Mr. Maldonado, an activist who has campaigned about the forcible eviction of members of the indigenous Mapuche community from land in Chubut province in southern Argentina, vanished on August 1.
Witnesses claim he was taken away by the military police but the government of President Mauricio Macri offered a 500,000 peso ($27,000) reward for information about his disappearance.
The Mothers of the Plaza de Mayo group, which campaigned for years for an explanation about what had become of the so-called Desaparecidos (Disappeared) after the 1977 coup, have lent their support to calls for him to be freed.
"We want to embrace Santiago again and make sure that all officials responsible for the disappearance go to jail," said Hebe de Bonafini, from the Mothers of the Plaza de Mayo.
Mr. Maldonado was taken from a Mapuche community at Cushamen which faces eviction.
The territory, which is the size of Luxembourg, is claimed by the Mapuche, who were driven out of large parts of Argentina in the 19th century in a campaign led by General Julio Roca. Benetton has tried to oust a group from the Mapuche Ancestral Resistence movement and their supporters, which has been dug in since 2015.
Mr. Maldonaldo had traveled from his home in the city of La Plata, near Buenos Aires, to support the Mapuche, who were demanding the release of their leader, Jones Huala, who faces extradition to Chile on charges of terrorism related to land disputes on that side of the border.
The former President of Argentina, Cristina Fernandez de Kirchner tweeted a photograph of Mr. Maldonado on Saturday (August 6).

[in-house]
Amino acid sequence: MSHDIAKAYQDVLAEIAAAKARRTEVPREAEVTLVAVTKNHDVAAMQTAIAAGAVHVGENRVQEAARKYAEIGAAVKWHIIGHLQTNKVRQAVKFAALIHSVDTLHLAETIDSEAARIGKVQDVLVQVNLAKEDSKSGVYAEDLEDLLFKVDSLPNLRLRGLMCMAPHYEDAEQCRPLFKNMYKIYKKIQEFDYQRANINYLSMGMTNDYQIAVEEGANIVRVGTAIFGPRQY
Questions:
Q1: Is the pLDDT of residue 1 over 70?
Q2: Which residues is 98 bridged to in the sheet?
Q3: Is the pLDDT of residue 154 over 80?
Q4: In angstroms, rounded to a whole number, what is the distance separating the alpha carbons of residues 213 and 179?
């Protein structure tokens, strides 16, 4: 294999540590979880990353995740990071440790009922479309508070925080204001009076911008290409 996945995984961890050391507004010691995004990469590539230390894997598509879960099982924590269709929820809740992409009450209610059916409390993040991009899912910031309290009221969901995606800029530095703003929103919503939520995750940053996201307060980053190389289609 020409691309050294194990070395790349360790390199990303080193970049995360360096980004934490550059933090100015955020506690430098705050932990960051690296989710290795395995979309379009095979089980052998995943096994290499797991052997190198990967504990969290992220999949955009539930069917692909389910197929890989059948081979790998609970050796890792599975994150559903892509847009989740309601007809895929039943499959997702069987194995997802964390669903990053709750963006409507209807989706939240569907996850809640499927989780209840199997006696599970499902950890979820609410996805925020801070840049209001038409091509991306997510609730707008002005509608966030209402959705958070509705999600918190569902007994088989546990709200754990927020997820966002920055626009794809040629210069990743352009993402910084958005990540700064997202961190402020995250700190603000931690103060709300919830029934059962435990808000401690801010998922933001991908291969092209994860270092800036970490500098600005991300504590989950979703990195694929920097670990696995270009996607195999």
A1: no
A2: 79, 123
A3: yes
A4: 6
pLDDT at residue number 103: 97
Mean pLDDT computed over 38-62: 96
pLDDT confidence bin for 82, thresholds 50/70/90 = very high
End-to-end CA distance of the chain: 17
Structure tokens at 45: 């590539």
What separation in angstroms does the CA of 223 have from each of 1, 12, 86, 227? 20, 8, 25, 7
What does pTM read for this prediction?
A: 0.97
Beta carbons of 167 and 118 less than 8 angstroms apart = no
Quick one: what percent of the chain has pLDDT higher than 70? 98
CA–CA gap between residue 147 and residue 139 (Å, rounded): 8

Santiago debe aparecer. Y debe aparecer con vida. pic.twitter.com/pon2fdox1t— Cristina Kirchner (@CFKArgentina) 6 August 2017
Tweet: "Santiago should appear and appear alive"
Mrs. Kirchner was beaten by Mr. Macri in the 2015 general election and he has introduced an austerity campaign which has resulted in huge government cuts to services which has made him hugely unpopular.
Mr. Macri, a right-winger, has also been criticized for being overly friendly with the United States and with foreign businesses who want to exploit Argentina.
In October 2017 he faces crucial mid-term elections for the Argentine congress and on Sunday (August 13) there will be primaries ahead of that poll.
Karen Granero, the editor of Sustenta magazine in Buenos Aires, said the Maldonado case had put Argentina into "full crisis" mode.
"There will be a big demonstration on Friday to demand Santiago Maldonado be found and found alive," she told Sputnik.
"The government says it's not true that he was taken by the military police but there are elections this Sunday and the government is facing their worst opinion poll numbers," said Ms. Granero. Industry has collapsed, employment has fallen, inflation has gone overboard with the government claiming 22 percent annually but other studies saying it is more like 40 percent. Ordinary people are not able to pay their bills," she told Sputnik.
"This demonstration might be the nail in the coffin," Ms. Granero told Sputnik.
Argentina has been a democracy since 1983, when the military handed over power. But many victims of the disappearances between 1977 and 1983 are awaiting justice. A trial of 55 former naval officers has been dragging on for years and earlier this year the chief prosecutor, Abel Cordoba, claimed judges and the government were deliberately delaying it.
He said he hoped for a verdict by July but the ESMA mega-trial is still dragging on and on Wednesday (August 9) relatives of the victims staged a protest demanding it be speeded up.